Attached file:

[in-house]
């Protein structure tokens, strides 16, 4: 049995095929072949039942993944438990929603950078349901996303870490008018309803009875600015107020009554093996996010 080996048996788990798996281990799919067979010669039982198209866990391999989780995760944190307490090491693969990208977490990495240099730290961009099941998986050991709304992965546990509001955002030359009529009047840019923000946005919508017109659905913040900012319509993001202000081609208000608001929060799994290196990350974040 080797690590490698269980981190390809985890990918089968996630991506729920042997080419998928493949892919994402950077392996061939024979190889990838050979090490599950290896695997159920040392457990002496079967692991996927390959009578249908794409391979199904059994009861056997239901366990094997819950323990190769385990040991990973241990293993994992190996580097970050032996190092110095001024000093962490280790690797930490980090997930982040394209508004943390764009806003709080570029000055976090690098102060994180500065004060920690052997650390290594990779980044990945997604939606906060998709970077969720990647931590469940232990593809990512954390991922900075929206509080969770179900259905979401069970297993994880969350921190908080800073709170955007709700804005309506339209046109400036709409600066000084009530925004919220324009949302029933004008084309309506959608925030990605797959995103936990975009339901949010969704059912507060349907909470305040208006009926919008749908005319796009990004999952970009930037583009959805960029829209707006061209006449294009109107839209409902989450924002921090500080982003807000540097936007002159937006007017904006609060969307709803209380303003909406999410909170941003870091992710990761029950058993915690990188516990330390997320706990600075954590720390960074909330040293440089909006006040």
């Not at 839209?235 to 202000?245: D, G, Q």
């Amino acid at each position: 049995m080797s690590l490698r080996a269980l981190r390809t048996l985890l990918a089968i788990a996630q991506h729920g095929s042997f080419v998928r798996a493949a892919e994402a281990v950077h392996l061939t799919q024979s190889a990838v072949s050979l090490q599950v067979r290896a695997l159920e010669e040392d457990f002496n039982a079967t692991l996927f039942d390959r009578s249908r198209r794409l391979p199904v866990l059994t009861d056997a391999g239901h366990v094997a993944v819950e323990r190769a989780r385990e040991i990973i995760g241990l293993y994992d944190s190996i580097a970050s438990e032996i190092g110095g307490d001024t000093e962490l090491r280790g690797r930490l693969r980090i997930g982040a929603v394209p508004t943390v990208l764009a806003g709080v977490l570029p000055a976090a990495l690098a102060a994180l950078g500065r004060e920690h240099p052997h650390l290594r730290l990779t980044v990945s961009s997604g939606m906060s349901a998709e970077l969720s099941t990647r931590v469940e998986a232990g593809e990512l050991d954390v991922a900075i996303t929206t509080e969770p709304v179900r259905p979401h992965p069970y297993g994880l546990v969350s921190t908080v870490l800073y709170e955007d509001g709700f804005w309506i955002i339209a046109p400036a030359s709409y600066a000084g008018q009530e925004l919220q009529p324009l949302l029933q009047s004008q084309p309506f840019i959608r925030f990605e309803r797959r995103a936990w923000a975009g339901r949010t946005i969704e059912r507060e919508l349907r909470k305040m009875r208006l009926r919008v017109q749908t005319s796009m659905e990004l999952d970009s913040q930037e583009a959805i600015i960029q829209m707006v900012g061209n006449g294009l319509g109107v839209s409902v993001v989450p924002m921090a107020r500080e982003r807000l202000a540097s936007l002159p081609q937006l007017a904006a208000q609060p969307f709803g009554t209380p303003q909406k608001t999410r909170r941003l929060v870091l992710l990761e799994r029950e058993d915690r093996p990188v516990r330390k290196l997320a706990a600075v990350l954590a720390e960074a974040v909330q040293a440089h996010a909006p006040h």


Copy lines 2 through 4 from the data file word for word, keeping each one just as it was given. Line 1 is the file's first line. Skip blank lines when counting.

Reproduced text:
């Protein structure tokens, strides 16, 4: 049995095929072949039942993944438990929603950078349901996303870490008018309803009875600015107020009554093996996010 080996048996788990798996281990799919067979010669039982198209866990391999989780995760944190307490090491693969990208977490990495240099730290961009099941998986050991709304992965546990509001955002030359009529009047840019923000946005919508017109659905913040900012319509993001202000081609208000608001929060799994290196990350974040 080797690590490698269980981190390809985890990918089968996630991506729920042997080419998928493949892919994402950077392996061939024979190889990838050979090490599950290896695997159920040392457990002496079967692991996927390959009578249908794409391979199904059994009861056997239901366990094997819950323990190769385990040991990973241990293993994992190996580097970050032996190092110095001024000093962490280790690797930490980090997930982040394209508004943390764009806003709080570029000055976090690098102060994180500065004060920690052997650390290594990779980044990945997604939606906060998709970077969720990647931590469940232990593809990512954390991922900075929206509080969770179900259905979401069970297993994880969350921190908080800073709170955007709700804005309506339209046109400036709409600066000084009530925004919220324009949302029933004008084309309506959608925030990605797959995103936990975009339901949010969704059912507060349907909470305040208006009926919008749908005319796009990004999952970009930037583009959805960029829209707006061209006449294009109107839209409902989450924002921090500080982003807000540097936007002159937006007017904006609060969307709803209380303003909406999410909170941003870091992710990761029950058993915690990188516990330390997320706990600075954590720390960074909330040293440089909006006040």
């Not at 839209?235 to 202000?245: D, G, Q």
């Amino acid at each position: 049995m080797s690590l490698r080996a269980l981190r390809t048996l985890l990918a089968i788990a996630q991506h729920g095929s042997f080419v998928r798996a493949a892919e994402a281990v950077h392996l061939t799919q024979s190889a990838v072949s050979l090490q599950v067979r290896a695997l159920e010669e040392d457990f002496n039982a079967t692991l996927f039942d390959r009578s249908r198209r794409l391979p199904v866990l059994t009861d056997a391999g239901h366990v094997a993944v819950e323990r190769a989780r385990e040991i990973i995760g241990l293993y994992d944190s190996i580097a970050s438990e032996i190092g110095g307490d001024t000093e962490l090491r280790g690797r930490l693969r980090i997930g982040a929603v394209p508004t943390v990208l764009a806003g709080v977490l570029p000055a976090a990495l690098a102060a994180l950078g500065r004060e920690h240099p052997h650390l290594r730290l990779t980044v990945s961009s997604g939606m906060s349901a998709e970077l969720s099941t990647r931590v469940e998986a232990g593809e990512l050991d954390v991922a900075i996303t929206t509080e969770p709304v179900r259905p979401h992965p069970y297993g994880l546990v969350s921190t908080v870490l800073y709170e955007d509001g709700f804005w309506i955002i339209a046109p400036a030359s709409y600066a000084g008018q009530e925004l919220q009529p324009l949302l029933q009047s004008q084309p309506f840019i959608r925030f990605e309803r797959r995103a936990w923000a975009g339901r949010t946005i969704e059912r507060e919508l349907r909470k305040m009875r208006l009926r919008v017109q749908t005319s796009m659905e990004l999952d970009s913040q930037e583009a959805i600015i960029q829209m707006v900012g061209n006449g294009l319509g109107v839209s409902v993001v989450p924002m921090a107020r500080e982003r807000l202000a540097s936007l002159p081609q937006l007017a904006a208000q609060p969307f709803g009554t209380p303003q909406k608001t999410r909170r941003l929060v870091l992710l990761e799994r029950e058993d915690r093996p990188v516990r330390k290196l997320a706990a600075v990350l954590a720390e960074a974040v909330q040293a440089h996010a909006p006040h």